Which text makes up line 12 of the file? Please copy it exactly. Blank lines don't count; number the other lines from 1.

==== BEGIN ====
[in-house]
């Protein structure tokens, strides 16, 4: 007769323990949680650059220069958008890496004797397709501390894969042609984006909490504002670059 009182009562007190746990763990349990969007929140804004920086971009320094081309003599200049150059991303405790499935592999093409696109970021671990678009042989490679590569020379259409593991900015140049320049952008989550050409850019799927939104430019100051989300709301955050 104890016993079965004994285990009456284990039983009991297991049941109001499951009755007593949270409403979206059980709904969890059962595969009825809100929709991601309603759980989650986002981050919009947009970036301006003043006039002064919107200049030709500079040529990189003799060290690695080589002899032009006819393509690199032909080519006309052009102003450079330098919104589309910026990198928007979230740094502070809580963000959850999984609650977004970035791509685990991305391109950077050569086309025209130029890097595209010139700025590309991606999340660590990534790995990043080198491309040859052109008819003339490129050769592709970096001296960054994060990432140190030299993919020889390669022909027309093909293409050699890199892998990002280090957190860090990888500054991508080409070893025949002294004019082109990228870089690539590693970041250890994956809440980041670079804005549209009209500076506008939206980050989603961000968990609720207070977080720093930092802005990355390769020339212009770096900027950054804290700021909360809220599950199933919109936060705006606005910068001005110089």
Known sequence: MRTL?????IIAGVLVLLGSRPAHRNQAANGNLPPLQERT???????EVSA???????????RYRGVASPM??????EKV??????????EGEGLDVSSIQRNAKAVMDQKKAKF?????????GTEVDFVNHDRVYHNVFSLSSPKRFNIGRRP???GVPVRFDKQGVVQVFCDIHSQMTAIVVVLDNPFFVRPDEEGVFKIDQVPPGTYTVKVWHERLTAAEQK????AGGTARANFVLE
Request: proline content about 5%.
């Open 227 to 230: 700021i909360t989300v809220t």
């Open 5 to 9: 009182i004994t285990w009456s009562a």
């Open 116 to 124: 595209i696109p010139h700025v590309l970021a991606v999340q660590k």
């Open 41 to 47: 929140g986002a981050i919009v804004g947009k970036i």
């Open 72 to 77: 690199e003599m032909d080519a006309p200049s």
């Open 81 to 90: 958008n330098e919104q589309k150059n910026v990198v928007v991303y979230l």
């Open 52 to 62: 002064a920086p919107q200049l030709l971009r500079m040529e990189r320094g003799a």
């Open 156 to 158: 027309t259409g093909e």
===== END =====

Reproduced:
């Open 156 to 158: 027309t259409g093909e």